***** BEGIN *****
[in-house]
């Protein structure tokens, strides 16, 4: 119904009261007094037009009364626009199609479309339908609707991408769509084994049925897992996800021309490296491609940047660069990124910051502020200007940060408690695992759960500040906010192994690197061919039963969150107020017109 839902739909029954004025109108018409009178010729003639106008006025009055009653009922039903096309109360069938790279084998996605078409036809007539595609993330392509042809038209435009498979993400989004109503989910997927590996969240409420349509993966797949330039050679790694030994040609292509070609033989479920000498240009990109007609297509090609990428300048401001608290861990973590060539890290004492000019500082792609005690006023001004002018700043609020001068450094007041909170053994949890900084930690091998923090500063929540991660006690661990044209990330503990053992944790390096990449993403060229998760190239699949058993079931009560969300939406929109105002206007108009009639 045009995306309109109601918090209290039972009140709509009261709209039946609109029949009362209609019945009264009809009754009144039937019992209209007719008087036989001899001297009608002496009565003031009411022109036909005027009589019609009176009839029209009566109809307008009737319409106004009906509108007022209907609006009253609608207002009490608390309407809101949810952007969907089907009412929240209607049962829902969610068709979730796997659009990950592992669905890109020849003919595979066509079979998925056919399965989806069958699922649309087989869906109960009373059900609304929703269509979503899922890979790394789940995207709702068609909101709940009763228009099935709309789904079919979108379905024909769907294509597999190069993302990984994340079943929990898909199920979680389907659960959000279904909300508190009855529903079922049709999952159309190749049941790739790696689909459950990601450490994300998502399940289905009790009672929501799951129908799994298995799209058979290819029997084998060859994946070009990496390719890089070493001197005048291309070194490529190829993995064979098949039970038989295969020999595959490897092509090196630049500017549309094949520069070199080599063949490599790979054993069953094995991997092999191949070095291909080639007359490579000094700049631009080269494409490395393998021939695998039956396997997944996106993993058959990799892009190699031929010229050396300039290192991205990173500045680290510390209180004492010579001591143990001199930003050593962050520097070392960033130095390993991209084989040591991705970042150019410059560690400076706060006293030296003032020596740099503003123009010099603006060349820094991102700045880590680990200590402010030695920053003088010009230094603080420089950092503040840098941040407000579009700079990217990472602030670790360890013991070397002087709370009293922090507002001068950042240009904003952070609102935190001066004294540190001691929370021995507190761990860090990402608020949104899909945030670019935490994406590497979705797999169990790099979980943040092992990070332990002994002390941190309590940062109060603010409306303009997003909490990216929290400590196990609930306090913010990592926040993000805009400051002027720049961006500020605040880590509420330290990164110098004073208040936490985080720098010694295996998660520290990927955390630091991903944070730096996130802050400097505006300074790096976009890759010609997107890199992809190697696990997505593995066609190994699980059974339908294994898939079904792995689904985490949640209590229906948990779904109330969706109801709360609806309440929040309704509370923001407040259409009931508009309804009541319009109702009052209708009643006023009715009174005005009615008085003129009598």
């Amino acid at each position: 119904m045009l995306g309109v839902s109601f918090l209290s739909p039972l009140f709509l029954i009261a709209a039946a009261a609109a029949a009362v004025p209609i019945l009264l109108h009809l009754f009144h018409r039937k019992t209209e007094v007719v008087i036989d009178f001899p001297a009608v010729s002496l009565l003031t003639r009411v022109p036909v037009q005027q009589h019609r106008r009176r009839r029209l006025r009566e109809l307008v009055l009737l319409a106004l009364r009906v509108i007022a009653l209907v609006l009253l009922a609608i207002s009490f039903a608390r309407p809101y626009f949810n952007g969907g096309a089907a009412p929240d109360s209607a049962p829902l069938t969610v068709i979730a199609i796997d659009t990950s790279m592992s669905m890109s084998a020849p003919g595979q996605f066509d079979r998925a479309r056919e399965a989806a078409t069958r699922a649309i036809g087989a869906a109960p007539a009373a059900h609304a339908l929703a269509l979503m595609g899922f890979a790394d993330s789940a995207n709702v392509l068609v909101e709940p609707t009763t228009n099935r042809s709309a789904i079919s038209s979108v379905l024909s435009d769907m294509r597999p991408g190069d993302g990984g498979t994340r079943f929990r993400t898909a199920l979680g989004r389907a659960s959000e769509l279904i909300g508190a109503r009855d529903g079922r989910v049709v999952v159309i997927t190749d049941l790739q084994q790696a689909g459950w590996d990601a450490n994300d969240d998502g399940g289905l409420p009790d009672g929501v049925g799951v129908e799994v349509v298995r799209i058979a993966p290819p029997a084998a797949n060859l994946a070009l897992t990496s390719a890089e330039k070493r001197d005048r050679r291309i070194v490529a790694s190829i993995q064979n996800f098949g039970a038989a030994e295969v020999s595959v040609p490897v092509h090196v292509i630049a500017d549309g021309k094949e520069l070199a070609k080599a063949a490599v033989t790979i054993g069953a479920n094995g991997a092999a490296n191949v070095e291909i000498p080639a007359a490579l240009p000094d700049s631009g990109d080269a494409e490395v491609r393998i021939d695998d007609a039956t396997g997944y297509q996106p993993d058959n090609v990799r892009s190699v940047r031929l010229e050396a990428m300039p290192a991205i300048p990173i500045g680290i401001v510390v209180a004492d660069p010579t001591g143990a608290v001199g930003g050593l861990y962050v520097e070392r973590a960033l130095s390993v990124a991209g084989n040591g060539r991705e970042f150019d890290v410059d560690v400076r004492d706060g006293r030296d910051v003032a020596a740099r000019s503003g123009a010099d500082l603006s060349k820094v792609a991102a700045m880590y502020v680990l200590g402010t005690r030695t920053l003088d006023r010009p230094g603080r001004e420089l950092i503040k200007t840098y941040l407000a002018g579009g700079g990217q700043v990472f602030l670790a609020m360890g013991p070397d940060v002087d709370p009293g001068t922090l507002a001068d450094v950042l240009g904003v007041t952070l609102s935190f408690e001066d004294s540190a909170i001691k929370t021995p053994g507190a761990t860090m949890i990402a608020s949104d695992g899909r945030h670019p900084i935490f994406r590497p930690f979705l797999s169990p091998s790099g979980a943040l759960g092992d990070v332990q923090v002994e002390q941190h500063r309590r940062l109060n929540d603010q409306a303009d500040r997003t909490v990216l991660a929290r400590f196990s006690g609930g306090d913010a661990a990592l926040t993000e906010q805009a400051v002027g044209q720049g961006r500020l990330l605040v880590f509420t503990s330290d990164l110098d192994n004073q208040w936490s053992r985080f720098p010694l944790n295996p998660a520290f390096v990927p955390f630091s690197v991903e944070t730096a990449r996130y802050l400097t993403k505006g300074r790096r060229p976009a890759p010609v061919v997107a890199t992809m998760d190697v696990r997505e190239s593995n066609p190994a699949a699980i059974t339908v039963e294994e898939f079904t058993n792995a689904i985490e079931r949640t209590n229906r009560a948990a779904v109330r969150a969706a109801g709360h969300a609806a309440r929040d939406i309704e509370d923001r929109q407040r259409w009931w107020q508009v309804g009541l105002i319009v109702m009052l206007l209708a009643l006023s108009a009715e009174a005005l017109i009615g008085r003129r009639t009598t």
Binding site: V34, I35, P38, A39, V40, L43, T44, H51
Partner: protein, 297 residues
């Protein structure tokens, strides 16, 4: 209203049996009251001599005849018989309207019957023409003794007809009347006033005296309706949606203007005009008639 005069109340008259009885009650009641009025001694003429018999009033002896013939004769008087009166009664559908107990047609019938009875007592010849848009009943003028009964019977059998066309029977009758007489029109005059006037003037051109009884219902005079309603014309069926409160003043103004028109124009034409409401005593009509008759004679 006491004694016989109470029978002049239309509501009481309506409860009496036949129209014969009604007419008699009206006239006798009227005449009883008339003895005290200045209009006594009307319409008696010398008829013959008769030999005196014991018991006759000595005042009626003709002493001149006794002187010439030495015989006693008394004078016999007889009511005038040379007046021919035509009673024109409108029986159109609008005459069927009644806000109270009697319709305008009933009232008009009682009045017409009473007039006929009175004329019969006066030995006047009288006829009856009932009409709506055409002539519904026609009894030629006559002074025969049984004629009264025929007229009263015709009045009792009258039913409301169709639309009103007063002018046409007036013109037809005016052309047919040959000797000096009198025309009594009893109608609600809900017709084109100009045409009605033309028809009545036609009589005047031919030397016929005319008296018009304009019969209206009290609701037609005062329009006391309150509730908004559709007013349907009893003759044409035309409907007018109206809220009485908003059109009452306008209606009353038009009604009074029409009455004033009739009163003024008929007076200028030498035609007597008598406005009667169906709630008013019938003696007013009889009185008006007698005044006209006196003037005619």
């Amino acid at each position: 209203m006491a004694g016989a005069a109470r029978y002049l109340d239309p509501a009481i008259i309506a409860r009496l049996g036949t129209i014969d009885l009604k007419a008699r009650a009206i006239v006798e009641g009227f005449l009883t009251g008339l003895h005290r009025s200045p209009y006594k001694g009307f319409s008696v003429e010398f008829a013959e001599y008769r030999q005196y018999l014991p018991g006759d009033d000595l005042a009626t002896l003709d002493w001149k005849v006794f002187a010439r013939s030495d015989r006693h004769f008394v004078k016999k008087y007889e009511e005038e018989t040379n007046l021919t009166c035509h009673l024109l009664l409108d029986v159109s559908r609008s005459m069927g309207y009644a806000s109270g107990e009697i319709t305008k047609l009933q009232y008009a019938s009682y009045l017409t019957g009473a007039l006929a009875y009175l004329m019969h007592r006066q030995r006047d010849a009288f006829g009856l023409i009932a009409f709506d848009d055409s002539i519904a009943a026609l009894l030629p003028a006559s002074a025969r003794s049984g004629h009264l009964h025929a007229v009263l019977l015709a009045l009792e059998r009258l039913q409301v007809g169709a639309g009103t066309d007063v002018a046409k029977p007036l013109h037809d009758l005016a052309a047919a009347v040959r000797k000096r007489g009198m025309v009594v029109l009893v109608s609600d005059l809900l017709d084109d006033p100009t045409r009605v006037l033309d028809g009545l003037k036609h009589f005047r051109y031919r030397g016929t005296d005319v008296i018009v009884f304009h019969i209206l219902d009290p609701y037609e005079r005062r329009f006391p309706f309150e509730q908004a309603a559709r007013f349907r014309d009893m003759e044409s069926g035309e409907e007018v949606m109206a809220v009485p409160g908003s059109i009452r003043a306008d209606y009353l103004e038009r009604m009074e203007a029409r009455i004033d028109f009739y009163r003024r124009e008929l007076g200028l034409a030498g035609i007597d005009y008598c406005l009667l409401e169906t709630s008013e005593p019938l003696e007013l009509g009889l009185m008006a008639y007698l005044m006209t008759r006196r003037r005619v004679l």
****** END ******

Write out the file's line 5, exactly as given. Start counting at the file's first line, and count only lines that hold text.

Partner: protein, 297 residues